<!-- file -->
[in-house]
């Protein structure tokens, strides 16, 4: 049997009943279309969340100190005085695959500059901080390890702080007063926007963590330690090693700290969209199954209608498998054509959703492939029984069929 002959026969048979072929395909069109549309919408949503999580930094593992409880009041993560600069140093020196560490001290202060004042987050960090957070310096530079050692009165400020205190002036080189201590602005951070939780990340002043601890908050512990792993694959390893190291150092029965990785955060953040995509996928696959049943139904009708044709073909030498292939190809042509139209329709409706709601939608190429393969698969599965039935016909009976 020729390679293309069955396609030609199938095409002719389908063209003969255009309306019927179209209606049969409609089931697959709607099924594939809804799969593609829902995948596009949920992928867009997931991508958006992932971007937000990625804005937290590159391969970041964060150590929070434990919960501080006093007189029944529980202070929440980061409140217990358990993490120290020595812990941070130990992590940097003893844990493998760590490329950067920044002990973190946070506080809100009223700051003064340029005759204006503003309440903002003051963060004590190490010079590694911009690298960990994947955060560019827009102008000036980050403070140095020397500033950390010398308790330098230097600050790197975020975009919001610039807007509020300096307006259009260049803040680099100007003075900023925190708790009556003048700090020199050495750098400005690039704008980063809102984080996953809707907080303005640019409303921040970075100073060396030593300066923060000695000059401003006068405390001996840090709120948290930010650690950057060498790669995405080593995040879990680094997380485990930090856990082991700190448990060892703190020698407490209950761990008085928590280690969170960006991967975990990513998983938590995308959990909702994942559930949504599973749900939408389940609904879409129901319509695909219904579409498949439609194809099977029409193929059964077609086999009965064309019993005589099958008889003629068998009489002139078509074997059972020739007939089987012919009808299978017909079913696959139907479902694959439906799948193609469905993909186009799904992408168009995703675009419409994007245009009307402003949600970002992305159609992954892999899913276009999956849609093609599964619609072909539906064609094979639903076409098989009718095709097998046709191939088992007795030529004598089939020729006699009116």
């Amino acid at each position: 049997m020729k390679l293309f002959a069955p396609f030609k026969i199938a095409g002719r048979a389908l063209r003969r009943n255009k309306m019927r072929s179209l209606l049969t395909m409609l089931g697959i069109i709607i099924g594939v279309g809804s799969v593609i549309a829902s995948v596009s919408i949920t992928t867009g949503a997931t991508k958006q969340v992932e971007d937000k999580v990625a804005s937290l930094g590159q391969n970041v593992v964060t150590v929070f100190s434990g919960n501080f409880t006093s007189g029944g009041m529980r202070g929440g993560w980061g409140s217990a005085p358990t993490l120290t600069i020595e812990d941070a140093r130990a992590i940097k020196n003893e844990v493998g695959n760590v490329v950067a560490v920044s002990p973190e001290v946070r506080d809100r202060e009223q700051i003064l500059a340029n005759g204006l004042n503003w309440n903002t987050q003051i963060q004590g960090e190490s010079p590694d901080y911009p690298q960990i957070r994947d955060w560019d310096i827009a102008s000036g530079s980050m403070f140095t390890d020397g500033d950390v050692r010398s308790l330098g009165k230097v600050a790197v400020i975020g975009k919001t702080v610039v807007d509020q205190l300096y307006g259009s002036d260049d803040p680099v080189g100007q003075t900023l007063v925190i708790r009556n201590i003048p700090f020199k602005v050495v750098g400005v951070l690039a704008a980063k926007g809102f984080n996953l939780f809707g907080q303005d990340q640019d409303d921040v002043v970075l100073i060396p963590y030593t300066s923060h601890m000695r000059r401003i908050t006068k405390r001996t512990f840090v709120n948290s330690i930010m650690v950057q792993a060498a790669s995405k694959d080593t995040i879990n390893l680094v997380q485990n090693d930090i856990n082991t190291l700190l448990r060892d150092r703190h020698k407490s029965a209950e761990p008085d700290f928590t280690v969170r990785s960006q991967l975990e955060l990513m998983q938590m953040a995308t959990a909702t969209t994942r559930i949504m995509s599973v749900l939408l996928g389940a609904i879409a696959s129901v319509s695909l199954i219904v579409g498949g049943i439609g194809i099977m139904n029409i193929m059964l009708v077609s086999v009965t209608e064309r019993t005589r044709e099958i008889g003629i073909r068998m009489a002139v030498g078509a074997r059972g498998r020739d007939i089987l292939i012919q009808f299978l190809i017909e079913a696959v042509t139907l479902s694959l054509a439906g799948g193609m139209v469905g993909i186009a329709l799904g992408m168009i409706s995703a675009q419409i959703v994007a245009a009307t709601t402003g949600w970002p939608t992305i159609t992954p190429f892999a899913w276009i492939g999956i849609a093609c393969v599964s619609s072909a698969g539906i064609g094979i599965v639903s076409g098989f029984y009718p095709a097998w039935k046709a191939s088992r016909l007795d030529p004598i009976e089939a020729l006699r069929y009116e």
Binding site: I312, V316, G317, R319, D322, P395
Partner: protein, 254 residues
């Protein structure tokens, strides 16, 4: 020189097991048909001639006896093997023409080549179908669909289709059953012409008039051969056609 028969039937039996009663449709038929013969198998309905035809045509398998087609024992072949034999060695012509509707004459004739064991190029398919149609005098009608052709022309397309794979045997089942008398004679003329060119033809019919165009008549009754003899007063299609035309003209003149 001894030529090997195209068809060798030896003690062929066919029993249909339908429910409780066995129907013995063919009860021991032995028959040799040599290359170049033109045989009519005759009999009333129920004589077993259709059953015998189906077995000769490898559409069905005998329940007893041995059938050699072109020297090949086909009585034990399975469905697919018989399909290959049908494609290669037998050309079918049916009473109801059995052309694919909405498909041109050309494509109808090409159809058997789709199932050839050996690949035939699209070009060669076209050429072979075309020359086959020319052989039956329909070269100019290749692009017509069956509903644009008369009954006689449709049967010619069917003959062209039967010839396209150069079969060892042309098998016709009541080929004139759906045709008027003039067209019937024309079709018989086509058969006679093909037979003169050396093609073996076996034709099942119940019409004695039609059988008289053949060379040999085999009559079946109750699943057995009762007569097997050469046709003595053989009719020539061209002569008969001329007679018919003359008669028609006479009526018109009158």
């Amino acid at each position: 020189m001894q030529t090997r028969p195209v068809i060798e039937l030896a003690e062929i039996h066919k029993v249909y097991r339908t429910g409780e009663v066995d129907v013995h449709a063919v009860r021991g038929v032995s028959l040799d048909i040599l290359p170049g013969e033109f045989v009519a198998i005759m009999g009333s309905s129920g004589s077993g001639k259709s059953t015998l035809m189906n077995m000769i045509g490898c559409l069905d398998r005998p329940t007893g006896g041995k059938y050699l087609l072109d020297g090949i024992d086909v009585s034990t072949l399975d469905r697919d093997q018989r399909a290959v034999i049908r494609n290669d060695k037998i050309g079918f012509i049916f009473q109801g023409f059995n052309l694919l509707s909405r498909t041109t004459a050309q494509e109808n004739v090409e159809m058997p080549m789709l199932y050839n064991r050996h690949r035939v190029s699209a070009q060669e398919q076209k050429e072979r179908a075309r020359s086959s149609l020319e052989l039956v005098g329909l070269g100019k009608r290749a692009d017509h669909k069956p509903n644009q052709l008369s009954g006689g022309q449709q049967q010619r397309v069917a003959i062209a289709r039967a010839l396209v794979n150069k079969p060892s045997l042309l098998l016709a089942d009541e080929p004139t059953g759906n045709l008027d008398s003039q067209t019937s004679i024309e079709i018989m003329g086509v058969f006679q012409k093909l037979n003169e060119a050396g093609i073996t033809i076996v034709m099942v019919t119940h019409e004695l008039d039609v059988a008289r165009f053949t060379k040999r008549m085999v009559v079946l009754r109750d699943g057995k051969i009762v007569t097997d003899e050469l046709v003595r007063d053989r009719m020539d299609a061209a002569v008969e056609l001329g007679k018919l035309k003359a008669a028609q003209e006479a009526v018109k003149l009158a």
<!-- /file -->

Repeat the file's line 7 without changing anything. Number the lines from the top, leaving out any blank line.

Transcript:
């Amino acid at each position: 020189m001894q030529t090997r028969p195209v068809i060798e039937l030896a003690e062929i039996h066919k029993v249909y097991r339908t429910g409780e009663v066995d129907v013995h449709a063919v009860r021991g038929v032995s028959l040799d048909i040599l290359p170049g013969e033109f045989v009519a198998i005759m009999g009333s309905s129920g004589s077993g001639k259709s059953t015998l035809m189906n077995m000769i045509g490898c559409l069905d398998r005998p329940t007893g006896g041995k059938y050699l087609l072109d020297g090949i024992d086909v009585s034990t072949l399975d469905r697919d093997q018989r399909a290959v034999i049908r494609n290669d060695k037998i050309g079918f012509i049916f009473q109801g023409f059995n052309l694919l509707s909405r498909t041109t004459a050309q494509e109808n004739v090409e159809m058997p080549m789709l199932y050839n064991r050996h690949r035939v190029s699209a070009q060669e398919q076209k050429e072979r179908a075309r020359s086959s149609l020319e052989l039956v005098g329909l070269g100019k009608r290749a692009d017509h669909k069956p509903n644009q052709l008369s009954g006689g022309q449709q049967q010619r397309v069917a003959i062209a289709r039967a010839l396209v794979n150069k079969p060892s045997l042309l098998l016709a089942d009541e080929p004139t059953g759906n045709l008027d008398s003039q067209t019937s004679i024309e079709i018989m003329g086509v058969f006679q012409k093909l037979n003169e060119a050396g093609i073996t033809i076996v034709m099942v019919t119940h019409e004695l008039d039609v059988a008289r165009f053949t060379k040999r008549m085999v009559v079946l009754r109750d699943g057995k051969i009762v007569t097997d003899e050469l046709v003595r007063d053989r009719m020539d299609a061209a002569v008969e056609l001329g007679k018919l035309k003359a008669a028609q003209e006479a009526v018109k003149l009158a």